How Odyssey Failed SIU And Writers Everywhere
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Politics and Activism

How Odyssey Failed SIU And Writers Everywhere

If you don't care, why should we?

How Odyssey Failed SIU And Writers Everywhere
Shelby Barker

Odyssey as a company has gone through some major changes throughout its existence. When I took over as Editor-in-Chief of the team at Southern Illinois University back in late 2015, Odyssey was a small, quaint company focused on expanding its name and finding awesome people to write awesome, original content for them. My team was a small roller-coaster of lots of people joining, then lots of people quitting when they realized they didn't have time for the strict "one article per week" schedule Odyssey had for them. Many of us stayed and built a strong foundation, and throughout the almost two years since, we've gone through several internal changes with different strategies, priorities, and rules.

While the weekly deadline always persisted, there were some phases where Odyssey was very concerned with creating an identity unique from Buzzfeed and other pop culture sites. We had to write a certain amount of "news" and world events and we had to share our articles to several different forums. We worked with a higher-up editor/manager that help us set team-specific goals that I had meetings with every single week. We wrote about our specific community culture and events, we wrote about politics, and we really tried to stick to the book. I was sent guidelines to send to new team members. We had numerical goals of page views we had to hit before I could get paid. (PS, Editor-in-Chief has always been presented as a paid job; according to my managers, they always wanted to make sure I was getting paid for my work.)

Through all of these different small changes, my team managed to find a very strong balance between funny listicles and serious articles. Every one of my team members found his own niche and had his own kind of style to writing that brought something unique to the community. We were one of the prime examples of the potential Odyssey had to bring talented people together and be successful. I was paid several months in a row because one of my teammates' articles went viral, and everyone else was getting thousands of views on their own as well. It was perfect and successful.

Then, one day, Odyssey (in my opinion) dug their own grave. They fired a huge number of editorial staff, including my beloved friend and boss, and flipped the entire system upside down. We went a month without knowing who our new overseer was; several times, I was assigned a new manager whom I'd reach out to and never hear from again or would miss our meeting times. No one from Odyssey reached out to us for weeks, and I told my team that it wasn't their responsibility to continue working their asses off when our company didn't know what they were doing. We planned on jumping back into gear as soon as Odyssey got its shit together.

That was February. It is now the end of June.

Since then, Odyssey gave us a wonderful regional editor that tried to help us and get us back to a place where we could all feel comfortable getting back into the swing of things. But with finals and jobs and other priorities, that didn't happen right away. We slumped for a little while. And then I realized: no one cared when we didn't submit. Nothing happened. No one ever checked back in with me, no one said anything when our numbers plummeted, no one cared at all for four months. This made me realize that Odyssey essentially got rid of everyone who actually cared about the company and the thousands of branches made of thousands of writers that built it from the ground up.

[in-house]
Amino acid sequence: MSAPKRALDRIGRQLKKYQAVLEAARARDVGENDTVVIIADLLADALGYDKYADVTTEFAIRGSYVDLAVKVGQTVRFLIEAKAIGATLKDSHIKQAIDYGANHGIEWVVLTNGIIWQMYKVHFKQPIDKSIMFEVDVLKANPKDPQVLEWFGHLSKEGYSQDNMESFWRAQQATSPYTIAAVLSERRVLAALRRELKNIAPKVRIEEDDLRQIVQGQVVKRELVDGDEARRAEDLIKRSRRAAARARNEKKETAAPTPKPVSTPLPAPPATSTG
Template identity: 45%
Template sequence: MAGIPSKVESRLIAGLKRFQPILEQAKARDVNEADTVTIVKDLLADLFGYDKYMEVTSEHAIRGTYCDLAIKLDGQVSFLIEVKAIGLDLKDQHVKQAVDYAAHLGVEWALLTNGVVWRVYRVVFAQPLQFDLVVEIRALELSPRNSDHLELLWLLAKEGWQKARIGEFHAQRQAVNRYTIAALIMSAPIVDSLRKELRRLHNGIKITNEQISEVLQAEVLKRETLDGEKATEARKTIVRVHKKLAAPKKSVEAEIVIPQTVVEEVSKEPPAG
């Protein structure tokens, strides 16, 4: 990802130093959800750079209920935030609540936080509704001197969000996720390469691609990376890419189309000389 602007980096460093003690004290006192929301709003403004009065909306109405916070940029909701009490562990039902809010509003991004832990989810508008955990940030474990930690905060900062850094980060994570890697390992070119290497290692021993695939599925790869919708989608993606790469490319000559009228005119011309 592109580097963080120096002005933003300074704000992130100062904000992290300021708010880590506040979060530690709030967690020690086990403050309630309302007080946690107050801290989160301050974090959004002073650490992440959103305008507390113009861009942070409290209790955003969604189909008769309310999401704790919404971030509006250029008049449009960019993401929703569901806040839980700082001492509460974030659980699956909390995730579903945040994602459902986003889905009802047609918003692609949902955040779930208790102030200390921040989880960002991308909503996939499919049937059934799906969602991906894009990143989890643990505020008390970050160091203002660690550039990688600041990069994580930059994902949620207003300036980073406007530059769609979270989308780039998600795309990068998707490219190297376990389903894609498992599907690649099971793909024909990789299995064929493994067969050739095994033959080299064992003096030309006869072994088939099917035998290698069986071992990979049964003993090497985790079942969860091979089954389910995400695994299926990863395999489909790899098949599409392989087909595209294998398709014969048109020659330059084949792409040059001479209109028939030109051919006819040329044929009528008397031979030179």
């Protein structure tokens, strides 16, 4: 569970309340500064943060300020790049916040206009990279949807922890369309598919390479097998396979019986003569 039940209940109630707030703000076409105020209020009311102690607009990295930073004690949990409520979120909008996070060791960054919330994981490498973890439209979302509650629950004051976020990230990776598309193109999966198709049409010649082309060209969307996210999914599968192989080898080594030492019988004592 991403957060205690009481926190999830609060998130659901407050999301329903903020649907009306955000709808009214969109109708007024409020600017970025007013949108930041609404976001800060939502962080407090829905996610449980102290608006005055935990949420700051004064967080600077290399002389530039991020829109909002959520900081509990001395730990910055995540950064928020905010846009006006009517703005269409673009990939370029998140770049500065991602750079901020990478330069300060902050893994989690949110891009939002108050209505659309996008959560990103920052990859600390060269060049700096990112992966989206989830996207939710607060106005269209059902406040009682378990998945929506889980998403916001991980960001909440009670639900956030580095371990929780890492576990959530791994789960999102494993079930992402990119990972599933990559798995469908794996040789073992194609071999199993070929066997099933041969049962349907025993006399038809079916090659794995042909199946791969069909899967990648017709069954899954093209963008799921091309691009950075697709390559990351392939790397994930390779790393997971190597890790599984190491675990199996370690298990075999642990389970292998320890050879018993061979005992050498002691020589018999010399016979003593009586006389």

I've received emails here and there (always from different people whom I've never met) about new surveys and policies and Facebook groups that no one on my team cares about. They all say the same thing: "it's your job to build the team up, and when you reach a certain level, we might consider pairing you up with someone to help you reach your goals." It's always disguised as a "hands off" kind of system, but really, it's a cop-out. These teams are made of college students who have other things to do; we joined Odyssey as an extra way to harvest our joy for writing or to say what we need to say. And if no one cares about all of the work we put in or don't put in, why keep doing it?

At this point, this is what Odyssey looks like as a company: a Buzzfeed Jr. with no depth. They don't care about their writers. They care about publicity. Their company Facebook page shares nothing but logical fallacies of articles over controversial topics (I'm looking at you, To The Girls Who Wear Cheeky Bottoms) over and over and over trying to stir the pot and get more page views while they ignore the thousands of well-written articles being posted every week. In my year and a half working for Odyssey, always being told they wanted me to get paid for managing a team of 20 people, having weekly meetings with editors, and taking the time out of my day EVERY DAY to make sure that we were hitting the goals we needed, all while working and going to school, I was paid not more than 5 times. In 18 months. Only one of my writers ever got paid. And then, after telling us they wanted us to start being successful again and get back on track, they left us out to dry.

I love my team and the amazing, talented people I've met through it. But at this point, would it be better for us to call it quits? Why continue to be a part of a company that takes and takes and takes without even offering guidance unless you hit 45,000 page views?

Odyssey: if you don't care, why should we?

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This article has not been reviewed by Odyssey HQ and solely reflects the ideas and opinions of the creator.

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